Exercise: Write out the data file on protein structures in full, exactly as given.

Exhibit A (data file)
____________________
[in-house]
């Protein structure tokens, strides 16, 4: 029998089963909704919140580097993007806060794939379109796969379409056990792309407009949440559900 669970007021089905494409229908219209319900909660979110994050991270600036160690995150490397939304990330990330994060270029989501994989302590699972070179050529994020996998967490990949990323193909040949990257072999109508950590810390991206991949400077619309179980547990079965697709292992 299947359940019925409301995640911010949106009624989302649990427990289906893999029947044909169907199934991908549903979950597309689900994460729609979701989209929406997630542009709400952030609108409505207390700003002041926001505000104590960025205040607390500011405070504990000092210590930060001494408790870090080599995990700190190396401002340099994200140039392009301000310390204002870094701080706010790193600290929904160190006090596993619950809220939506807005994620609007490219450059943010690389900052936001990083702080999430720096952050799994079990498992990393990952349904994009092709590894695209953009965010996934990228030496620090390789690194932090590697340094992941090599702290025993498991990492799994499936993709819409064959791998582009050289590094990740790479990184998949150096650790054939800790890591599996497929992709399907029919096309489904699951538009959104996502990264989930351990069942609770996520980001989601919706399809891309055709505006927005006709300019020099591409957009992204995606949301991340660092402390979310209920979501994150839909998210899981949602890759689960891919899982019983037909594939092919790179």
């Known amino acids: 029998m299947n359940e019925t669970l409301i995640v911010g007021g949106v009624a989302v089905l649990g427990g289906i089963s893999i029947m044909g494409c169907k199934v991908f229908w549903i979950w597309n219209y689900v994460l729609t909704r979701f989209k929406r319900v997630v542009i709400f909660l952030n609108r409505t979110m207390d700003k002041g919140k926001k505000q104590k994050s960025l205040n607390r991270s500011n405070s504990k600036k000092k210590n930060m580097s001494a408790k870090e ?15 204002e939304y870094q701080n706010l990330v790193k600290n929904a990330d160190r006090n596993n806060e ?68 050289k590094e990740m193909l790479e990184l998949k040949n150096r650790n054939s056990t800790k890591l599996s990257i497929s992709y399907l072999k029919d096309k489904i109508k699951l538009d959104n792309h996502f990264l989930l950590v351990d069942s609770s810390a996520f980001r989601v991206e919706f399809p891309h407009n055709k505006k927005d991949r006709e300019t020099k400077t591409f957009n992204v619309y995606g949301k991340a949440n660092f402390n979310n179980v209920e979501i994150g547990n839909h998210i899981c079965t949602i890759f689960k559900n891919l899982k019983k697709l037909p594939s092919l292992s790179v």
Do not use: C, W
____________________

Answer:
[in-house]
């Protein structure tokens, strides 16, 4: 029998089963909704919140580097993007806060794939379109796969379409056990792309407009949440559900 669970007021089905494409229908219209319900909660979110994050991270600036160690995150490397939304990330990330994060270029989501994989302590699972070179050529994020996998967490990949990323193909040949990257072999109508950590810390991206991949400077619309179980547990079965697709292992 299947359940019925409301995640911010949106009624989302649990427990289906893999029947044909169907199934991908549903979950597309689900994460729609979701989209929406997630542009709400952030609108409505207390700003002041926001505000104590960025205040607390500011405070504990000092210590930060001494408790870090080599995990700190190396401002340099994200140039392009301000310390204002870094701080706010790193600290929904160190006090596993619950809220939506807005994620609007490219450059943010690389900052936001990083702080999430720096952050799994079990498992990393990952349904994009092709590894695209953009965010996934990228030496620090390789690194932090590697340094992941090599702290025993498991990492799994499936993709819409064959791998582009050289590094990740790479990184998949150096650790054939800790890591599996497929992709399907029919096309489904699951538009959104996502990264989930351990069942609770996520980001989601919706399809891309055709505006927005006709300019020099591409957009992204995606949301991340660092402390979310209920979501994150839909998210899981949602890759689960891919899982019983037909594939092919790179």
């Known amino acids: 029998m299947n359940e019925t669970l409301i995640v911010g007021g949106v009624a989302v089905l649990g427990g289906i089963s893999i029947m044909g494409c169907k199934v991908f229908w549903i979950w597309n219209y689900v994460l729609t909704r979701f989209k929406r319900v997630v542009i709400f909660l952030n609108r409505t979110m207390d700003k002041g919140k926001k505000q104590k994050s960025l205040n607390r991270s500011n405070s504990k600036k000092k210590n930060m580097s001494a408790k870090e ?15 204002e939304y870094q701080n706010l990330v790193k600290n929904a990330d160190r006090n596993n806060e ?68 050289k590094e990740m193909l790479e990184l998949k040949n150096r650790n054939s056990t800790k890591l599996s990257i497929s992709y399907l072999k029919d096309k489904i109508k699951l538009d959104n792309h996502f990264l989930l950590v351990d069942s609770s810390a996520f980001r989601v991206e919706f399809p891309h407009n055709k505006k927005d991949r006709e300019t020099k400077t591409f957009n992204v619309y995606g949301k991340a949440n660092f402390n979310n179980v209920e979501i994150g547990n839909h998210i899981c079965t949602i890759f689960k559900n891919l899982k019983k697709l037909p594939s092919l292992s790179v």
Do not use: C, W